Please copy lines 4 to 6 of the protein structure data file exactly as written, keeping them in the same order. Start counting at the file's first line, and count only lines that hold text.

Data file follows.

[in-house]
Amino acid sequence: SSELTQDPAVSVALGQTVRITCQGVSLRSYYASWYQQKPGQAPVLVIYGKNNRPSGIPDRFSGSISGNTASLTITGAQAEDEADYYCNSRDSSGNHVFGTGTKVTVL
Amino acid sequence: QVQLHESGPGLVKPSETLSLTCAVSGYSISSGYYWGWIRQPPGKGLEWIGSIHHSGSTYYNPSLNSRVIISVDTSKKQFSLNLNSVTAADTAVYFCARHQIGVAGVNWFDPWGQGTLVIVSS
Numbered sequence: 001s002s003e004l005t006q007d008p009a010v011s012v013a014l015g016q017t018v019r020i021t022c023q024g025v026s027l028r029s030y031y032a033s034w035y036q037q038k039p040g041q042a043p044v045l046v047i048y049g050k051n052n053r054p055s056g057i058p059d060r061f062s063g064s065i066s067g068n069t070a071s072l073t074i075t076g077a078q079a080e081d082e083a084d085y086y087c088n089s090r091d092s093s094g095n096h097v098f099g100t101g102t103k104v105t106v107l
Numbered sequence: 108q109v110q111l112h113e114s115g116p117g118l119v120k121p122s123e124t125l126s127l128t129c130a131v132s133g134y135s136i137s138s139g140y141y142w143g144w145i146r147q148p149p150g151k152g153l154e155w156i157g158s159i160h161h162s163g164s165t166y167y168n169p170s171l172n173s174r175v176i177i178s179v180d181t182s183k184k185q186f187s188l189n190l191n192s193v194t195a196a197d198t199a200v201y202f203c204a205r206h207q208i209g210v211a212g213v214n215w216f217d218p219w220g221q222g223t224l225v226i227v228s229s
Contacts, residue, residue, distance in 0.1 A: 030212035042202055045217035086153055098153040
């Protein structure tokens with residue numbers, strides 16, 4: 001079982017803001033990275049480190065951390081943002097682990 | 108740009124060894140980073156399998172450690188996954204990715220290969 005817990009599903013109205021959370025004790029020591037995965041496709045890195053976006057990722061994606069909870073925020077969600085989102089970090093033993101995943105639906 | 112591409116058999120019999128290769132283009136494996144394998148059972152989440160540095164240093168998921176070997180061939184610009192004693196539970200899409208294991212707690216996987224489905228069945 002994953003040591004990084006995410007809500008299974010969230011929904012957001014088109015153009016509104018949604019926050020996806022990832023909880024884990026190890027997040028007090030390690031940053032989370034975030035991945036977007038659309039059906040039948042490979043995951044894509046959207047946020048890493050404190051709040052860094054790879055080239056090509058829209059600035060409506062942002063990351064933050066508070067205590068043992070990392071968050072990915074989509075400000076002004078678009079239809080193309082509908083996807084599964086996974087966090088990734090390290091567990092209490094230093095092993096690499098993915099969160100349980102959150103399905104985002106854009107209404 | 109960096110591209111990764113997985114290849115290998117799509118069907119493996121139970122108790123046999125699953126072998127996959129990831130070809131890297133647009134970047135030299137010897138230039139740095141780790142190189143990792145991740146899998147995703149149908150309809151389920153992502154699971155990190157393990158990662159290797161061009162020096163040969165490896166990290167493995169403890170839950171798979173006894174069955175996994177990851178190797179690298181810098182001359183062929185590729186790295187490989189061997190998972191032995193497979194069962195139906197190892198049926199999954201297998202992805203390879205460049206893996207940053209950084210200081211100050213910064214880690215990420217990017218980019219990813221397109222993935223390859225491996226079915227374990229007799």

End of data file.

Numbered sequence: 001s002s003e004l005t006q007d008p009a010v011s012v013a014l015g016q017t018v019r020i021t022c023q024g025v026s027l028r029s030y031y032a033s034w035y036q037q038k039p040g041q042a043p044v045l046v047i048y049g050k051n052n053r054p055s056g057i058p059d060r061f062s063g064s065i066s067g068n069t070a071s072l073t074i075t076g077a078q079a080e081d082e083a084d085y086y087c088n089s090r091d092s093s094g095n096h097v098f099g100t101g102t103k104v105t106v107l
Numbered sequence: 108q109v110q111l112h113e114s115g116p117g118l119v120k121p122s123e124t125l126s127l128t129c130a131v132s133g134y135s136i137s138s139g140y141y142w143g144w145i146r147q148p149p150g151k152g153l154e155w156i157g158s159i160h161h162s163g164s165t166y167y168n169p170s171l172n173s174r175v176i177i178s179v180d181t182s183k184k185q186f187s188l189n190l191n192s193v194t195a196a197d198t199a200v201y202f203c204a205r206h207q208i209g210v211a212g213v214n215w216f217d218p219w220g221q222g223t224l225v226i227v228s229s
Contacts, residue, residue, distance in 0.1 A: 030212035042202055045217035086153055098153040